A quick click of the pic is all it takes to make your day.
My last sunset at the Valley of fires last night. You can still see the smoke from the various forest fires hanging low on the horizon.
I left Valley of fires about 7:30 this morning and had about a 200 mile, two-lane blacktop drive to get to Fort Sumner, and then up to Santa Rosa, which is near I-40.
I first stopped at Sumner Lake State Park in New Mexico and was very disappointed in the condition of the Park. It was run down, and some of it was even closed. It looked to me like it was suffering a severe shortage of money to pay the people to take care of the place. So I decided to hat-up and mosey on up the road to Santa Rosa Lake state Park where I'm currently ensconced.
I've boondocked here before and found it enjoyable and have yet to see a reason I should feel otherwise. I figure I'll stay here at least a couple of days. One of Santa Rosa's claims to fame is the famous highway Route 66 went right through town, so I need to go downtown and see if I can catch a Route 66 vibe or two.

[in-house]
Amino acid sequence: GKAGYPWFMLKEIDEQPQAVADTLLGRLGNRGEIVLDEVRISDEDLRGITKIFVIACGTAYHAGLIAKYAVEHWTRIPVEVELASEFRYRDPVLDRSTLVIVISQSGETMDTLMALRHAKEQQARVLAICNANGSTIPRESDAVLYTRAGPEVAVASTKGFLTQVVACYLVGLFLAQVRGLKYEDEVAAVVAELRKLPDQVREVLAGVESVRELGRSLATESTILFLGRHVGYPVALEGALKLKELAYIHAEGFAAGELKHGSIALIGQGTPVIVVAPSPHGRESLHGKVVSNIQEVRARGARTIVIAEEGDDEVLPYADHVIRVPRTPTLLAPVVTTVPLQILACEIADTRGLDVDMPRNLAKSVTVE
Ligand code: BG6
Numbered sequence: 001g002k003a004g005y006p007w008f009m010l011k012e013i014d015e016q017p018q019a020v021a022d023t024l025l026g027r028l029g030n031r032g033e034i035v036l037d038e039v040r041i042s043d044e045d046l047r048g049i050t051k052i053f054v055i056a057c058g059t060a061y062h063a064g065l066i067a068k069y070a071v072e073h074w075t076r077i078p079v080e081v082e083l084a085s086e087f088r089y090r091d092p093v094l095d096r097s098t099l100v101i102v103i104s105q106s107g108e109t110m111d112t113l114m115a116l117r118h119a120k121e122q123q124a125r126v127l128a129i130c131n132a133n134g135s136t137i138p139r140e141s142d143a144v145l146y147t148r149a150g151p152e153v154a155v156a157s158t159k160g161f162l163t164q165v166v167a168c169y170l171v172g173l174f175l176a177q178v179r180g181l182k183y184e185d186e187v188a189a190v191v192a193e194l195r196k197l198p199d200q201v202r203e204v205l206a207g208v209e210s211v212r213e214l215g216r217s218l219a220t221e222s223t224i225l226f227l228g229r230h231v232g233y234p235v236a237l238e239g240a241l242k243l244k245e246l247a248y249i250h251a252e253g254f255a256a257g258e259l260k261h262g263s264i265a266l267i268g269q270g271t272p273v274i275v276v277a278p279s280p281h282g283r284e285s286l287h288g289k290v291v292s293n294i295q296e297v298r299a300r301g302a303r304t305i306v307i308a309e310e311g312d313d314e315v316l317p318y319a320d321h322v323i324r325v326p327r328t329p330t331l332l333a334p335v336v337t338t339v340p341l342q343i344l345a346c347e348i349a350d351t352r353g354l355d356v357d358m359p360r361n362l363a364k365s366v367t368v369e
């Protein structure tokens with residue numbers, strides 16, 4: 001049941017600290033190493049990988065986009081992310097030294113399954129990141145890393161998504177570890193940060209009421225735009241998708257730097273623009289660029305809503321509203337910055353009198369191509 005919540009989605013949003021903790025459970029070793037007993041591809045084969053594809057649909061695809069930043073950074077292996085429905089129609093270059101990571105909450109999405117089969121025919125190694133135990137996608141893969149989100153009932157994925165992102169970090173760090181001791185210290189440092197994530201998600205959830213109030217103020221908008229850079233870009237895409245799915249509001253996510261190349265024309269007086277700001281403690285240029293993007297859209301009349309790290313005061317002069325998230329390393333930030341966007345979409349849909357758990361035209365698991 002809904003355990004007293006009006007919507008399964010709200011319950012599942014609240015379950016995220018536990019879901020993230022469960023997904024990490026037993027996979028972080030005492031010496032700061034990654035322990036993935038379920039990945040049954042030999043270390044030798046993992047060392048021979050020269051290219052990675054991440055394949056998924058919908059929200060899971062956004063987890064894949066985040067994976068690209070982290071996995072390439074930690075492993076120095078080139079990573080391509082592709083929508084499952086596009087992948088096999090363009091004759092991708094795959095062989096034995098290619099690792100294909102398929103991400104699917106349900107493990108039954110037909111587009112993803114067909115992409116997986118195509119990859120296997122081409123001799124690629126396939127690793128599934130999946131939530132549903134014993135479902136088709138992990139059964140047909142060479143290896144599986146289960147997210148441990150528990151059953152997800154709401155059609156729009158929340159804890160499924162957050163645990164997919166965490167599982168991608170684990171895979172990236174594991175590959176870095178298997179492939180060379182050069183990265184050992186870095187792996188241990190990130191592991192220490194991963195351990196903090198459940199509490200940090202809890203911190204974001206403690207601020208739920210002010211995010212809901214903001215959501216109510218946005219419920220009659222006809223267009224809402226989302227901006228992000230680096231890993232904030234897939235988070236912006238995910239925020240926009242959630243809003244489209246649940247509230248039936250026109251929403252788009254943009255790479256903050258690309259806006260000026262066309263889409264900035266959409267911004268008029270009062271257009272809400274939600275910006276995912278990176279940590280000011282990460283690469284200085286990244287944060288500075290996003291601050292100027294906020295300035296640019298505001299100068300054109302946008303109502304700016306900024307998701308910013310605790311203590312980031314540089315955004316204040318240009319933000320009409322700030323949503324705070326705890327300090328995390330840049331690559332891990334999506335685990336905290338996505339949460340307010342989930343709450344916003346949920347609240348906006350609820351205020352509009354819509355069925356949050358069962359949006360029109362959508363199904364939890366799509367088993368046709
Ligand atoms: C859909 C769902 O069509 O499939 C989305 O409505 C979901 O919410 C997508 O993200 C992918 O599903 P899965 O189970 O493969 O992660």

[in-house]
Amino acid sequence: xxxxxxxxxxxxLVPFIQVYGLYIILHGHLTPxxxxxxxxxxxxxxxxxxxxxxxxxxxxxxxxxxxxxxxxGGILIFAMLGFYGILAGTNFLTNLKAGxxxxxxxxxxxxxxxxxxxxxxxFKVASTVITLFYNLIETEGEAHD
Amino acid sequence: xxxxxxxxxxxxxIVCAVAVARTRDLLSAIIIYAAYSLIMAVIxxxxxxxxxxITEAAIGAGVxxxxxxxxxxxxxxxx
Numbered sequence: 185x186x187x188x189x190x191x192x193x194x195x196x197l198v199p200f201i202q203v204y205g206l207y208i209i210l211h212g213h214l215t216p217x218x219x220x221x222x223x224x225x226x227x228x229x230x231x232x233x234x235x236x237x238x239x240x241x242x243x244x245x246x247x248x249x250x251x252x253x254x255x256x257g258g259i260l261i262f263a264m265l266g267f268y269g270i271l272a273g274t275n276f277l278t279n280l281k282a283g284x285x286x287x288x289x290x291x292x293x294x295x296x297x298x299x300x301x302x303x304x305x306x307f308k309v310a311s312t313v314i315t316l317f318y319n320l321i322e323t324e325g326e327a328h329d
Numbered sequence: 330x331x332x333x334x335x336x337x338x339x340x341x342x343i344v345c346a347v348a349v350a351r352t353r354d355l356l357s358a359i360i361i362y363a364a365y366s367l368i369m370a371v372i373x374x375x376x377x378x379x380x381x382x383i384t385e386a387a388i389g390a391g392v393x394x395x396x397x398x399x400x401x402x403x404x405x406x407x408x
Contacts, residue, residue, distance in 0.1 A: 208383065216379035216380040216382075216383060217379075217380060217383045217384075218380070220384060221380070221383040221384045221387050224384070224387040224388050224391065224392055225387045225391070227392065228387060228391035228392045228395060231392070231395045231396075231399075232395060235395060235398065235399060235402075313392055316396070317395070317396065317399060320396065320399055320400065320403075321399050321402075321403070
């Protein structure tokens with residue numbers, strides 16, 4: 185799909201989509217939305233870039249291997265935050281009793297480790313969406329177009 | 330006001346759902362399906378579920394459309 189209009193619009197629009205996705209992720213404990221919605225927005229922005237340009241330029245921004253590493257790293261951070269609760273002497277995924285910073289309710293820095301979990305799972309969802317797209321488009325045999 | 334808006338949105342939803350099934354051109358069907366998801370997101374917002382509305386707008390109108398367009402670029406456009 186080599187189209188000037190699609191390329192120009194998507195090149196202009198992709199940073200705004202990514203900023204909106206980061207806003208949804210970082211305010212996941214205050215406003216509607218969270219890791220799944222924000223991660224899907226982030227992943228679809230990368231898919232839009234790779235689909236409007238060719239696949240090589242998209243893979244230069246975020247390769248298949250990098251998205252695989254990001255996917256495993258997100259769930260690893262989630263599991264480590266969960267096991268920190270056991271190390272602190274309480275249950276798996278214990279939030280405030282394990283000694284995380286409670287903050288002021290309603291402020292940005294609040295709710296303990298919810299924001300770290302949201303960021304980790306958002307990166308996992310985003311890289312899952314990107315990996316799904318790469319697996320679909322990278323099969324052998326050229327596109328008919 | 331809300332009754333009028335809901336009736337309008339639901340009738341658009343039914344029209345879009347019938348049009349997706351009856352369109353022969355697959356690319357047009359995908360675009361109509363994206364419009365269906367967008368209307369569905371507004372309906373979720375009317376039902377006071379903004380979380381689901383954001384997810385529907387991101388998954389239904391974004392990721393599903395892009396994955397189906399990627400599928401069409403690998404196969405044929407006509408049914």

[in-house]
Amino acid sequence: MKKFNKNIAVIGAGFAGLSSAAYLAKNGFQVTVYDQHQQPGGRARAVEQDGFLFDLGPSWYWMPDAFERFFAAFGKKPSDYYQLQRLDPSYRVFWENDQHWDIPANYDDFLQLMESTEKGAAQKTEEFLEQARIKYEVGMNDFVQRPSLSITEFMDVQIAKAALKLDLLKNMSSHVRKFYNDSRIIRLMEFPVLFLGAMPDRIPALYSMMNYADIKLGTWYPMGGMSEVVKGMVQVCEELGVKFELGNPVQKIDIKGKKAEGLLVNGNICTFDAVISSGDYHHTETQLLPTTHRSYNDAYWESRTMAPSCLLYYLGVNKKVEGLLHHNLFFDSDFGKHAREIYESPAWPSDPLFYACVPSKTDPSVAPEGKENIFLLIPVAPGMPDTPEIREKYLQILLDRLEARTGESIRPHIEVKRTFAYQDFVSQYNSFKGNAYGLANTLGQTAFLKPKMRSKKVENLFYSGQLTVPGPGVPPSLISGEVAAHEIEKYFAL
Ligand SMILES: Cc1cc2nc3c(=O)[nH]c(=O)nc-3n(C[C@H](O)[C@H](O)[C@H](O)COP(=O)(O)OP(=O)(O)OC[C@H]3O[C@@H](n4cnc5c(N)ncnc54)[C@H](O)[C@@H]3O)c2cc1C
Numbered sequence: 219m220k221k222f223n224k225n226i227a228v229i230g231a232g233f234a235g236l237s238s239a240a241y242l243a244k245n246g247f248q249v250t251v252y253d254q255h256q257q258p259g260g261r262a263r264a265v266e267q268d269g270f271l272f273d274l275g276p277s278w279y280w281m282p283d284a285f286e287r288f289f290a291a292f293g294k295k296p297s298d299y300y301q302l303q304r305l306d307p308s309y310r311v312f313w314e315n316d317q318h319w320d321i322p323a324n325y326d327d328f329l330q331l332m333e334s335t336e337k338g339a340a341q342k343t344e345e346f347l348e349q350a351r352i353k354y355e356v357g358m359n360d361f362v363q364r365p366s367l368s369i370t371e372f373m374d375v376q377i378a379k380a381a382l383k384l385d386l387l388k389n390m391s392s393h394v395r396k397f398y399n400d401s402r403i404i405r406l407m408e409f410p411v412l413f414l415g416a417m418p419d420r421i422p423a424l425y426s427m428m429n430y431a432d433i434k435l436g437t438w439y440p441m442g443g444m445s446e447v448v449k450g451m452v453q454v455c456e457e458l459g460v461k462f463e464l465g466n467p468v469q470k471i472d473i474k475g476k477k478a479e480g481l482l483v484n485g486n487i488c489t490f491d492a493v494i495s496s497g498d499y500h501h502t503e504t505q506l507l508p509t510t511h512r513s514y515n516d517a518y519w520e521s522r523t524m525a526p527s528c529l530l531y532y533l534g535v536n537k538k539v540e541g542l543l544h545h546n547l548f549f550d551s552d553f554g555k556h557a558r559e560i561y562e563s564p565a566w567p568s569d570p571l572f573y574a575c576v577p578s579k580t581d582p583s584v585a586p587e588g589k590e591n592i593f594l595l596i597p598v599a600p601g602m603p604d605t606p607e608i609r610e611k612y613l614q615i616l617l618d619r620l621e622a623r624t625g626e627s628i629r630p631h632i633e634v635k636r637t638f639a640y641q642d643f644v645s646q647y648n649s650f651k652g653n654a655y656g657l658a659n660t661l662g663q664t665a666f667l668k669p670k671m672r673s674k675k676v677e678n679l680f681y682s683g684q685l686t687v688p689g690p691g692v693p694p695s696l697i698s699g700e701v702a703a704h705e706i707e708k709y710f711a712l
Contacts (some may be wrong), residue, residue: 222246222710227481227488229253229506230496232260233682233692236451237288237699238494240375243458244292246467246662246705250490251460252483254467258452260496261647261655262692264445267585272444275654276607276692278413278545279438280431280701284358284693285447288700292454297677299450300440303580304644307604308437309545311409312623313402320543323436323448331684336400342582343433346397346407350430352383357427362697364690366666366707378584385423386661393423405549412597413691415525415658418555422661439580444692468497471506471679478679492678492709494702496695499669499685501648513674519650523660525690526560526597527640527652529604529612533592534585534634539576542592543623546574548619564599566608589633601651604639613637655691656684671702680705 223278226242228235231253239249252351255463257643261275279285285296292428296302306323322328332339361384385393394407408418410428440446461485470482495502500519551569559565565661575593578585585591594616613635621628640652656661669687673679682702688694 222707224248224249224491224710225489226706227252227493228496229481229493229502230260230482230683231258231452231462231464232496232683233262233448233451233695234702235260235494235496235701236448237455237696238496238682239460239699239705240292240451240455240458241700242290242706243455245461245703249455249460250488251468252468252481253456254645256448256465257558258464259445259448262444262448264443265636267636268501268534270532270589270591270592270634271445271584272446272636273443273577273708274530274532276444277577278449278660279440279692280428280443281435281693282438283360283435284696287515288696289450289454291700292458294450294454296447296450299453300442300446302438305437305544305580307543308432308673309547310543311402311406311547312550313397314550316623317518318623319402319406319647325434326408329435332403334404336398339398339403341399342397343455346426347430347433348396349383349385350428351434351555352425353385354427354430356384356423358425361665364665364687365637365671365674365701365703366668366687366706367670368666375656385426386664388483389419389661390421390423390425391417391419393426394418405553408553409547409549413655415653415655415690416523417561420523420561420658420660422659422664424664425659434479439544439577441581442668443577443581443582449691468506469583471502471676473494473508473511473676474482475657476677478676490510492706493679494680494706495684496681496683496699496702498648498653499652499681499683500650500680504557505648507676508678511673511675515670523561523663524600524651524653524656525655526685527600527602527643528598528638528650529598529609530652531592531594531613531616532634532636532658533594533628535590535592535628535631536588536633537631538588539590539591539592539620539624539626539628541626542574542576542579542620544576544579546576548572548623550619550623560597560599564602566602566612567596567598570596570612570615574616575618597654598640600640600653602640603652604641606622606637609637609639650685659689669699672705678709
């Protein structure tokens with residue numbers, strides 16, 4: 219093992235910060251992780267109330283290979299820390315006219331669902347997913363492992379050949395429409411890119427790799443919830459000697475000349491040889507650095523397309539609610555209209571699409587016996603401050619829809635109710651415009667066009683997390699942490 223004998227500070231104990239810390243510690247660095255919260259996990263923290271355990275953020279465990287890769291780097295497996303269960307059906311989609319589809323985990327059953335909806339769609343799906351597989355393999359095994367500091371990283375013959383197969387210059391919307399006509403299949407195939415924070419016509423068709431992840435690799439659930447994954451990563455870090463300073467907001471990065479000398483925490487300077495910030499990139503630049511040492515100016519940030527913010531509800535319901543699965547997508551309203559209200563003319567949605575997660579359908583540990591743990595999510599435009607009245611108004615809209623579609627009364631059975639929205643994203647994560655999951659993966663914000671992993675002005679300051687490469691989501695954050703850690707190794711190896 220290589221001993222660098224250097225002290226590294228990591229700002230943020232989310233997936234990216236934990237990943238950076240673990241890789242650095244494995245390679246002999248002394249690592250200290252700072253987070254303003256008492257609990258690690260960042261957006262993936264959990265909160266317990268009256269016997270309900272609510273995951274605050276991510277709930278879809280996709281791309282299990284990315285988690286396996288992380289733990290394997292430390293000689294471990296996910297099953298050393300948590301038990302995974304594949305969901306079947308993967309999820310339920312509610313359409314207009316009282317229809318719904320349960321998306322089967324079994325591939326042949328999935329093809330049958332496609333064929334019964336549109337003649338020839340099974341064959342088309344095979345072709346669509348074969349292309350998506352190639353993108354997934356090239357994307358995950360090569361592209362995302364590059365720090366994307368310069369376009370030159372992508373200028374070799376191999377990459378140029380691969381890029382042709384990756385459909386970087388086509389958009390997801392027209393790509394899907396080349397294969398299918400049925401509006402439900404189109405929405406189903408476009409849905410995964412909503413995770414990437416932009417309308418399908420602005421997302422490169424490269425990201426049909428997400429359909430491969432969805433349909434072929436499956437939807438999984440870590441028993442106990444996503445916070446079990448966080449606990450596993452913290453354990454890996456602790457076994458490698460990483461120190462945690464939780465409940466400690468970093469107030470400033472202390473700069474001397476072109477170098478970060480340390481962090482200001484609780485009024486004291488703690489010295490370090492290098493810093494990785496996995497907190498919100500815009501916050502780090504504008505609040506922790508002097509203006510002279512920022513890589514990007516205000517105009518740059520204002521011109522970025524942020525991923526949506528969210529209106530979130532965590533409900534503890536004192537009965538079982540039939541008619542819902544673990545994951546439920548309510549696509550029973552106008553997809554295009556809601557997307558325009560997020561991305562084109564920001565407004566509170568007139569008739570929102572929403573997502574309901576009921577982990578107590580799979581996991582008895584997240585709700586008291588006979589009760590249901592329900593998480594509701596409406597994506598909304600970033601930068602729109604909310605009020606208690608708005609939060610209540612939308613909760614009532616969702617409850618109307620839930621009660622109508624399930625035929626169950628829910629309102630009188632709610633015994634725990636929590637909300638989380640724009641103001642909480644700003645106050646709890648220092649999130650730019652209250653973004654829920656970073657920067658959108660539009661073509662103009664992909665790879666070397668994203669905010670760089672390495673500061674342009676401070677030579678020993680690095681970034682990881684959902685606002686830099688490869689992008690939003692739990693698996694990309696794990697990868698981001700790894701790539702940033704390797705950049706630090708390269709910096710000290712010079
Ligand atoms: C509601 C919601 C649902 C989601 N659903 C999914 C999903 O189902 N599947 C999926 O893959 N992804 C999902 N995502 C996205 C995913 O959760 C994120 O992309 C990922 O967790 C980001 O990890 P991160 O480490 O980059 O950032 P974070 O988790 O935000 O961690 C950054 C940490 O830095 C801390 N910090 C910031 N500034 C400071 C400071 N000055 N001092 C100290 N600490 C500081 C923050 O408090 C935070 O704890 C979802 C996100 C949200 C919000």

I've never taken the opportunity to explore Santa Rosa, but this time I'm going to try to spend more time in town to see how much of Route 66 is left. Every once in a while if I'm anywhere near Route 66 I get the urge to one day follow route 66 and drive as much as possible on the original route. Mostly because I enjoy seeing, and obviously taking pictures of, the old buildings and especially the old signs.
There's a lot of little towns in New Mexico and Arizona that lay claim to being on the original route 66, but unfortunately in a lot of cases being on Route 66 was a death sentence for the little towns, as most of those places were bypassed by the new interstate highway system, and were left to wither and die a slow financial death.
The towns may have only been a few miles from the interstate and the thousands of people driving by at 70 miles an hour. But they might as well have been on the moon. With no time or interest in stopping for a hamburger and milkshake at a nameless little town in the desert miles from nowhere, tourist, flew down the interstate only paying attention to the latest in fast foods and big name motels.
So as soon as the new interstate highway system opened their fate was sealed. The small towns, villages, and yes even tourist traps were finished. Prime real estate on main Street was taken by the County for back taxes forcing main Street businesses to move to greener pastures, and their employees to drift off looking for better jobs.
New Mexico and Arizona had a lot of those little towns.
There's a great view of the lava field from this campsite, but experience has taught me that if the wind is blowing you may have to tie yourself to the picnic table.